Think inside the box

Unlike Pandora’s Box, this one is a box you’ll want to have around.

It’s called a Memory Keeper, and I’ve written about them before but they’re so handy and beautiful, it’s worth addressing again because they’re on sale this month at www.papercoterie.com. Through June 4, they’re only $20 when you enter the code HAPPY1STBIRTHDAY.

It’s a durable linen-lined box made of recycled fiber board personalized with your own photo or photos. It lives up to its “durable”description; I’ve been lugging mine to all my library talks, and it still looks great.

My box sports my own seasonal photos and words. Paper Coterie’s extremely easy-to-use interface helps you upload your digital images. Mine is the Tiny Stripes design, and I titled it “Monica’s Love Vault.” You can even label the spine, so you can store it upright and quickly locate it. Greeting cards and nice notes fill mine, so I open it up and sift through its contents anytime I need a lift.

It’s two-inches deep, so it holds a lot of mementos and three-dimensional memorabilia, like artwork, key chains, coins, ribbons and medals, clothing or fabric, garters, dried flowers, maybe even baby shoes.

I love this box because it’s so easy to fill — no double-sided tape, no labeling or tabs, no special pages required. More great ideas:

  • All those Christmas photos of other families you don’t know what to do with? Decorate your Memory Keeper with festive holiday photos and keep those holiday greetings inside. Put it out on your coffee table every year as part of your Christmas decorations.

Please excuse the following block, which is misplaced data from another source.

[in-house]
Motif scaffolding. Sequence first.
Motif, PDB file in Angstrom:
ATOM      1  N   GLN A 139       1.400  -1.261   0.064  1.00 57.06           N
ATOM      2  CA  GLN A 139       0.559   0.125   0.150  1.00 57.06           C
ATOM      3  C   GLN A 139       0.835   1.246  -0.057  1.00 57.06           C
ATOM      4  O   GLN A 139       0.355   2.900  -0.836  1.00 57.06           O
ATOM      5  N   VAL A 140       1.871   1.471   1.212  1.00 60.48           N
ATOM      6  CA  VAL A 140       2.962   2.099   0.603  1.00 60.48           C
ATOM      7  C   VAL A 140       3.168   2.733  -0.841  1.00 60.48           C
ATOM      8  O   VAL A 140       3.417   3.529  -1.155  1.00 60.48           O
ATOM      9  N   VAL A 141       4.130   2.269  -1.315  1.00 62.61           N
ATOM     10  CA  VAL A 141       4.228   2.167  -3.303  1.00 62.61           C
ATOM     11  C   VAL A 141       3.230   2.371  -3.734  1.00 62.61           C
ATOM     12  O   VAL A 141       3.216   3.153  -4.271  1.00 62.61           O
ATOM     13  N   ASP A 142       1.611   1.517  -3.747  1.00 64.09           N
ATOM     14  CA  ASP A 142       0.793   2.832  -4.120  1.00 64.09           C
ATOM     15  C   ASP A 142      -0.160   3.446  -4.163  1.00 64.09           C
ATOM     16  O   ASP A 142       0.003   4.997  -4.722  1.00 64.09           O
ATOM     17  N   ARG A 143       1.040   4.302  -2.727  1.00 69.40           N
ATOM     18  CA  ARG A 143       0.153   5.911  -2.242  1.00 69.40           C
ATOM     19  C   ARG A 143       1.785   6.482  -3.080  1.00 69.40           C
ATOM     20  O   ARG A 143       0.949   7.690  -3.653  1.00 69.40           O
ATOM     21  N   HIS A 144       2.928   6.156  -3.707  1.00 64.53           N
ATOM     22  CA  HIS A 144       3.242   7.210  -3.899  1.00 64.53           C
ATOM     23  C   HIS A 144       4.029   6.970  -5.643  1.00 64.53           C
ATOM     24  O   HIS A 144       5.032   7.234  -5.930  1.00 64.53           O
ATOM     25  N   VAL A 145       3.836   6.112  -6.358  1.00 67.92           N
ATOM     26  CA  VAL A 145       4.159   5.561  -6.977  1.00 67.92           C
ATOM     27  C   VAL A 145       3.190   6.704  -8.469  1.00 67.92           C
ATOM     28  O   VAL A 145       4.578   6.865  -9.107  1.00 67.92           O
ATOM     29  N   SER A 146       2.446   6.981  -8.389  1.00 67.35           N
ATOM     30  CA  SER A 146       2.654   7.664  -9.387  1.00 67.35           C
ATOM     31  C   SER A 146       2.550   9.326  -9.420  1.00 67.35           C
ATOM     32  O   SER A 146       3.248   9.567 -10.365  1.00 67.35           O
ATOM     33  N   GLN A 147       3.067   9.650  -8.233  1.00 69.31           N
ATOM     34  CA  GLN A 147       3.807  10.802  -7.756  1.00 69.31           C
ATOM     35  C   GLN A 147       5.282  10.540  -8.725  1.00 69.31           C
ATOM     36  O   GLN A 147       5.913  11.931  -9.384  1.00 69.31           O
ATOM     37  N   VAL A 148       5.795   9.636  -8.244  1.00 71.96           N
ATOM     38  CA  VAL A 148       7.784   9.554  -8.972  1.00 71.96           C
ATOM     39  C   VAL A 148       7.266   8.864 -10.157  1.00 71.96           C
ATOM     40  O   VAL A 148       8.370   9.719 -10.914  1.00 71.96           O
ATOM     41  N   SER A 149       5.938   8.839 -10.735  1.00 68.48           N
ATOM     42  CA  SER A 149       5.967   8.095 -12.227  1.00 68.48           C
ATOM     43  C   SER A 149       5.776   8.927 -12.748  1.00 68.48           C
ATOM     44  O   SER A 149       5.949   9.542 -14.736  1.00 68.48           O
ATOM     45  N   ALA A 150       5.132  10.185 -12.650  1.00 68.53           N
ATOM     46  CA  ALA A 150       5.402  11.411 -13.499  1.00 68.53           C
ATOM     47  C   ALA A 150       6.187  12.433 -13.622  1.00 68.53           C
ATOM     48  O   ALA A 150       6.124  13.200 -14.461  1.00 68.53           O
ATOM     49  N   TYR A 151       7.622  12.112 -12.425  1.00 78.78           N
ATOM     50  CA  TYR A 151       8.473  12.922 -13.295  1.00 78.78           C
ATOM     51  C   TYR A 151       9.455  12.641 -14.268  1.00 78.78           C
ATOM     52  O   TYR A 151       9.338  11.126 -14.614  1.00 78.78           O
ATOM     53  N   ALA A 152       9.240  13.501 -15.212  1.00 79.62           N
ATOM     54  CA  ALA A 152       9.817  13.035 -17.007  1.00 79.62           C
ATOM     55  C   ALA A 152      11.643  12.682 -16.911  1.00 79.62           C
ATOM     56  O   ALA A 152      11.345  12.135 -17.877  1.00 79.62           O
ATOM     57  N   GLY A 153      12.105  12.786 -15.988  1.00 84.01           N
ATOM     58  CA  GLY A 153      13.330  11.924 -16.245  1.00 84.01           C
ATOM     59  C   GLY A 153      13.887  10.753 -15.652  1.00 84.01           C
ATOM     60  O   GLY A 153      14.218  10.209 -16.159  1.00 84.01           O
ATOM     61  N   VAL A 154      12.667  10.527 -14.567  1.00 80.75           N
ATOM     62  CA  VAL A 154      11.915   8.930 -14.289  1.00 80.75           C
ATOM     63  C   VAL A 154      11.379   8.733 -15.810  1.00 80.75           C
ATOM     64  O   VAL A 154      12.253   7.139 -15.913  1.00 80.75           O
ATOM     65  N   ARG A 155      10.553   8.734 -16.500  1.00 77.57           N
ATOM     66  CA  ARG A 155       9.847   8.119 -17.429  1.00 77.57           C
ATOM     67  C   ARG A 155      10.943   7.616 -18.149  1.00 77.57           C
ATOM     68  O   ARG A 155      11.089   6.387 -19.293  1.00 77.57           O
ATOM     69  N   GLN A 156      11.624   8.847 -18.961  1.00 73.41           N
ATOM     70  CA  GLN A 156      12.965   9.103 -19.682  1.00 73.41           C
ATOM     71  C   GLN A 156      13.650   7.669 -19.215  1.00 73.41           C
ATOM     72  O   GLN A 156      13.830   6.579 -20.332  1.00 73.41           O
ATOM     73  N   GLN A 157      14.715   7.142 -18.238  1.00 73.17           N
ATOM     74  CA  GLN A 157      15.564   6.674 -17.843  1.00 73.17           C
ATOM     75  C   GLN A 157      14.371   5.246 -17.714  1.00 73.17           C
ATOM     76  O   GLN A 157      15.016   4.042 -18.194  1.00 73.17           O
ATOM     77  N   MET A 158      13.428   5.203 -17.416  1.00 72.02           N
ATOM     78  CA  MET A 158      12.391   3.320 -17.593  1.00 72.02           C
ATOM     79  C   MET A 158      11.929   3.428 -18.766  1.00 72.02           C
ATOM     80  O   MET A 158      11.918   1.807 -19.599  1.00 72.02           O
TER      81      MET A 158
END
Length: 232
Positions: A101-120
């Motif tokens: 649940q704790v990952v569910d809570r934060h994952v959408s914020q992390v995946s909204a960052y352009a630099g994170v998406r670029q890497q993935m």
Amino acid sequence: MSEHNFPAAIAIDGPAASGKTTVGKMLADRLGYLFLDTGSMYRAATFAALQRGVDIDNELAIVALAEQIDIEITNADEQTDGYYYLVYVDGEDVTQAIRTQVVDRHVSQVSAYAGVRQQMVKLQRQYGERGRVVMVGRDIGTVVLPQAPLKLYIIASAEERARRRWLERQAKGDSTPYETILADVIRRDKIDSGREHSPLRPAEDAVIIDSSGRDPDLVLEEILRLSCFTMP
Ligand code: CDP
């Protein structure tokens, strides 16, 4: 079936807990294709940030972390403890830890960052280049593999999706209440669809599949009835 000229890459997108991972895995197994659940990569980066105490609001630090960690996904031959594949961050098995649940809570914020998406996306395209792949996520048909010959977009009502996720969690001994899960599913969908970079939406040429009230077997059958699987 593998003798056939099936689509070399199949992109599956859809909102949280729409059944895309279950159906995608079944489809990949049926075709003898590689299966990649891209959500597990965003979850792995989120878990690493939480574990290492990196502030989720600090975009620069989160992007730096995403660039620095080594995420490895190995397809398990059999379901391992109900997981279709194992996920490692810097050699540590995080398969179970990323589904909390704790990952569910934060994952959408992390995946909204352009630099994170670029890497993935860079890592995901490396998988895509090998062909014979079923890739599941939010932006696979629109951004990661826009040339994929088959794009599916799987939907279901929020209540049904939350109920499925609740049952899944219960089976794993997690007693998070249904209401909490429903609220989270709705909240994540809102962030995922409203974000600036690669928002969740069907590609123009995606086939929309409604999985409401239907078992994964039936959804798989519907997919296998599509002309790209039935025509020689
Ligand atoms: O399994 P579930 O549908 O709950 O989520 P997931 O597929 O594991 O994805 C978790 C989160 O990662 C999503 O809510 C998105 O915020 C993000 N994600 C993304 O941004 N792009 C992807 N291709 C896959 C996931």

• Include all your first-day-of-school photos, report cards, achievement certificates and other important school papers inside a Memory Keeper decorated with one of your child’s annual school pictures.
  • I encouraged a woman looking for a way to store her husband’s Vietnam War photos to create a Memory Keeper for him. She could leave the box out as part of her living room decor, and he could open it up and look at his pictures whenever he wanted to reminisce.
  • Overwhelmed with your child’s sports photos? Tuck them inside a Memory Keeper, and guests will be able to catch up with your kid’s wins and losses when they stop by.

One caveat: You might not want to use this box for one-of-kind photos you want to keep around for 50 years. The very act of touching your photos is bad for them because we transfer skin oil and other gunk from our fingers to the photos every time we handle them. But for photos and memorabilia you want to enjoy in the here and now, a Memory Keeper is a great option.

Don’t let lack of chronological order stop you from enjoying your photos

Many great stories are not chronological.

In literature, it’s called nonlinear narrative, and Homer’s “Iliad” uses this storytelling technique, as does Emily Bronte’s “Wuthering Heights.” In movies, “Memento” springs to mind as nonlinear; its story is told backward. The TV series “Lost” relied heavily on nonlinear flashbacks to reveal its character’s motivations.

Remember then, when paralysis engulfs you as you’re facing a mountain of family photos, that perfect chronological order is not only not necessary but maybe not even preferable!

Chronological order is the most difficult way to organize a large collection of photographs because it requires a high level of proper dating and labeling throughout the process of photo accumulation to which most of us just don’t adhere. Some photos just don’t have dates or revealing details, and our memories fail us.

So let it go. Embrace a nonlinear storytelling style. Here are a few examples: